It’s been four years since Arcade Fire gave us some official new music, save for the played-on-TV-only ‘Generation A’; but this week, the Canadian collective return with a suitably epic comeback featuring not one but two gigantic tracks.
‘The Lightning I, II’, a hopeful first preview of their upcoming new album ‘WE’, leads this week’s new additions to the NME Radio playlist. It’s also joined by pop’s latest superstar collaboration in Megan Thee Stallion and Dua Lipa’s ‘Sweetest Pie’, another massive team-up from Machine Gun Kelly and Bring Me The Horizon on ‘Maybe’, and the latest from BandLab NME Awards 2022 Producer Of The Year Nia Archives.
Here’s what we’ve added to NME 1 & 2 this week:
On the A List:
‘The Lightning I, II’
Arcade Fire’s first official release since their ‘Everything Now’ era, ‘The Lightning I, II’ is a typically ambitious return from one of the world’s grandest bands. Familiar and fresh at the same time, the dual tracks both brilliantly return to comfortable sections of the group’s back catalogue and also push things forward, heading deeper into new territory. “Waiting on the lightning / Waiting on the light / What will the light bring?” they ask as it reaches its end, a question that could easily be applied to their forthcoming album ‘WE’.
Megan Thee Stallion & Dua Lipa
Two of music’s biggest stars team up for a delicious new collaboration in ‘Sweetest Pie’, the first taste of Megan Thee Stallion’s next record. “You’ve never been to heaven, have you?” Dua Lipa asks at one point, but this bouncing track will take you close, hinting at even bigger and bolder things from the pair than ever before.
Inspired by “the transient nature of life and the cyclical nature of the seasons”, one of the standout tracks from Yanya’s new album ‘Painless’ is set to a revolving rhythm that could almost form the basis of a breakbeat track. Mixed with warm bass and scratchy guitars, it becomes the backbone of one of the Londoner’s most playful indie tracks yet.
On the B List:
Machine Gun Kelly ft. Bring Me The Horizon
The latest collaboration to be revealed from MGK’s upcoming new album ‘Mainstream Sellout’, the Bring Me The Horizon-featuring ‘Maybe’ races through the US star’s brand of infectious pop-punk, decorated with Oli Sykes’ growled vocals. <i>“I made up my mind this evening / I’m taking the last, I’m taking the last,”</i> they sing in unison on the chorus, exiting out of a doomed relationship.
‘Skrting On The Surface’
The latest track from the new project from Radiohead’s Thom Yorke and Jonny Greenwood and Sons Of Kemet’s Tom Skinner, ‘Skrting On The Surface’ was reportedly once intended to live among the the work of Yorke and Greenwood’s main band. Finding a home in The Smile, the track explores atmospheric, expansive melodies as Yorke shares: “When we realise that once we’re broke and nothing mends / We can drop under the surface.”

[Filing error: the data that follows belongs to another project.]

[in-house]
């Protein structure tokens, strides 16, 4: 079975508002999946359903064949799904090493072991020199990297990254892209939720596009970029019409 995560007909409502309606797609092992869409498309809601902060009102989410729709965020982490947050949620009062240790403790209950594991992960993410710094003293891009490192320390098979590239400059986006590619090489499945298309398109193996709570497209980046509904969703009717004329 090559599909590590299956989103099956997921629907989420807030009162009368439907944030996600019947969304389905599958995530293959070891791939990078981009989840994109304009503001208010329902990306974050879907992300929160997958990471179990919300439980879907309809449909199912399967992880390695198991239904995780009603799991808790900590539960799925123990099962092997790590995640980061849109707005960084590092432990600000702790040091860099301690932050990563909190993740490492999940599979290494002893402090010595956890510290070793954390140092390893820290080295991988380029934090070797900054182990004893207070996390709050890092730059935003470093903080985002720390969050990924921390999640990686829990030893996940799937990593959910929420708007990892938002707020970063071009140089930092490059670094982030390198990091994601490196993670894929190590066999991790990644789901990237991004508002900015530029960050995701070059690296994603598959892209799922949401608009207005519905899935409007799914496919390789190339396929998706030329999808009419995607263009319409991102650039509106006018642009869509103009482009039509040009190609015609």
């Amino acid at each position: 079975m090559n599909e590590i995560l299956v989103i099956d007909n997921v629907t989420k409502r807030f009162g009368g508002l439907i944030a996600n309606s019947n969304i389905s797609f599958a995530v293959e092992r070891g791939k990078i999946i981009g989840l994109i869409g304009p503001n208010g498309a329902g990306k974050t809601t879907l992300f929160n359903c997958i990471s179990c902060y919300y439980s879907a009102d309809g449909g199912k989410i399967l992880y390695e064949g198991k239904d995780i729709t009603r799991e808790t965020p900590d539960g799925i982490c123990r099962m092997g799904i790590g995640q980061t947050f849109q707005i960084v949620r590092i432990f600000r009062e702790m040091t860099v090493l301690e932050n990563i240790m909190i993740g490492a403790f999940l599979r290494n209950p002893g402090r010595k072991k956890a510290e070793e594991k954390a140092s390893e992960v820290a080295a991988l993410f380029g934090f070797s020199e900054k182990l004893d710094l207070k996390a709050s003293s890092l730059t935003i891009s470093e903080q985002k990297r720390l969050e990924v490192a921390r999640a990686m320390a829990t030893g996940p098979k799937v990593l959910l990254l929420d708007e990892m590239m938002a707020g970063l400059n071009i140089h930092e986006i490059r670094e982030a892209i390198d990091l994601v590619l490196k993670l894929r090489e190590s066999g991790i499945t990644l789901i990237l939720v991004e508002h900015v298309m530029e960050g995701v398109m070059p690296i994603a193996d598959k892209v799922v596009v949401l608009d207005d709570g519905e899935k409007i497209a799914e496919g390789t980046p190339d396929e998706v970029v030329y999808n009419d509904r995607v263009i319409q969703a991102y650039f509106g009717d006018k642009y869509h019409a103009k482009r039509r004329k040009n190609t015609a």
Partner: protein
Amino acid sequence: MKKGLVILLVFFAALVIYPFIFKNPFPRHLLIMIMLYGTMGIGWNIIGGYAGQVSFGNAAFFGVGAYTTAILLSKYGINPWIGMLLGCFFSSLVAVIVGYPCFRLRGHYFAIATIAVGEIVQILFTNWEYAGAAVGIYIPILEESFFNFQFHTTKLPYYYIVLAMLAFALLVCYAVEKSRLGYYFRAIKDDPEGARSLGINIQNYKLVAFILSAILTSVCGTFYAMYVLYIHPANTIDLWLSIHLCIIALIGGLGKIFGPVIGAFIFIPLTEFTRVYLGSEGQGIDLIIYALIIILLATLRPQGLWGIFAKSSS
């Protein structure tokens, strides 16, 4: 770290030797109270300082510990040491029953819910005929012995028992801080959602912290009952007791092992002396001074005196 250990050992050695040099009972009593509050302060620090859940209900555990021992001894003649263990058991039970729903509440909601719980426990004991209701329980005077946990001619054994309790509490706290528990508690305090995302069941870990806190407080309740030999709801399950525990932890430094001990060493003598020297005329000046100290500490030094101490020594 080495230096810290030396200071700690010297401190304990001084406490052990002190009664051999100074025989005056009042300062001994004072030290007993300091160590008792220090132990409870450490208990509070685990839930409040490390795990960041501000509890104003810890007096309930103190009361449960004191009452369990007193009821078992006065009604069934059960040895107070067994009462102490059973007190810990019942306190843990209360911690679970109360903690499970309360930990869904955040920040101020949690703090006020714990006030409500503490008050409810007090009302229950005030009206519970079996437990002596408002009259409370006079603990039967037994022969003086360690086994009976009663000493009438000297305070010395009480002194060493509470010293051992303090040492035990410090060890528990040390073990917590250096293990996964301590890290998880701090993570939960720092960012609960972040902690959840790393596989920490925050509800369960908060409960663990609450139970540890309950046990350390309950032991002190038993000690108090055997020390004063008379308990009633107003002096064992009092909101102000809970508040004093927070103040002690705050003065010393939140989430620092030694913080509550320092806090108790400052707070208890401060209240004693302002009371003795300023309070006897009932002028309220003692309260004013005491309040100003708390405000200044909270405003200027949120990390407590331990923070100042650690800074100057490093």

“I’m my own worst enemy,” Greentea Peng notes on her first release of 2022, taking us on an examination of the relationship between herself and her brain. It’s a brass-laden, compassionate dissection of mental health, one which finds the south east London singer advising: “Your mind, be kind.”
On the C List:
Over effervescent, chugging riffs and gang vocals on ‘The Funeral’, Yungblud lays his insecurities to rest, like imperfect teeth and hair falling out from too many cheap dye jobs. It’s a liberating, euphoric development on which he invites his listeners to “danc[e] on your grave” in the most joyous fashion.
‘Part Of Me’
Fresh from winning Producer Of The Year at the BandLab NME Awards 2022, Yorkshire jungle producer Nia Archives continues her hot streak on ‘Part Of Me’, from her new EP ‘Forbidden Feelingz’. <i>“I ain’t never had to be so strong,”</i> she sings resiliently over innovative beats and lingering piano melodies, crafting a track ready to both dance and get emotional to.
‘All I Ever Asked’
Inspired by the parallels between a friend’s break-up and a situation she herself was going through, Rachel Chinouriri’s ‘All I Ever Asked’ dreamily reflects on “realising your own worth and not settling for someone who cannot be what you need”. “Was it really that hard to do? / It’s all I ever asked of you,” she sings over the sunny backing, mixing optimism and melancholy into something irresistible.
‘Deep In, Deep Out feat. Afriqua’
Peckham MC Pinty reteams with Virginia-via-Berlin electronic artist Afriqua on ‘Deep In, Deep Out’, the follow up to their tongue-in-cheek collab ‘P-I-N-T-Y’, which arrived last month. A light and breezy piece of house music, their latest joint work continues to push forward their carefree, upbeat attitude.
Dazy and Militarie Gun
Although it fizzes with ‘90s Britpop energy, ‘Pressure Cooker’ is actually the work of two US-based newcomers – Richmond, Virginia’s Dazy and LA’s Militarie Gun. Although it’s relatively early days for both, together they’ve combined to show a ton of early promise and create something that has enough infectious energy in its rasped, chanted vocals to make it a sleeper indie hit.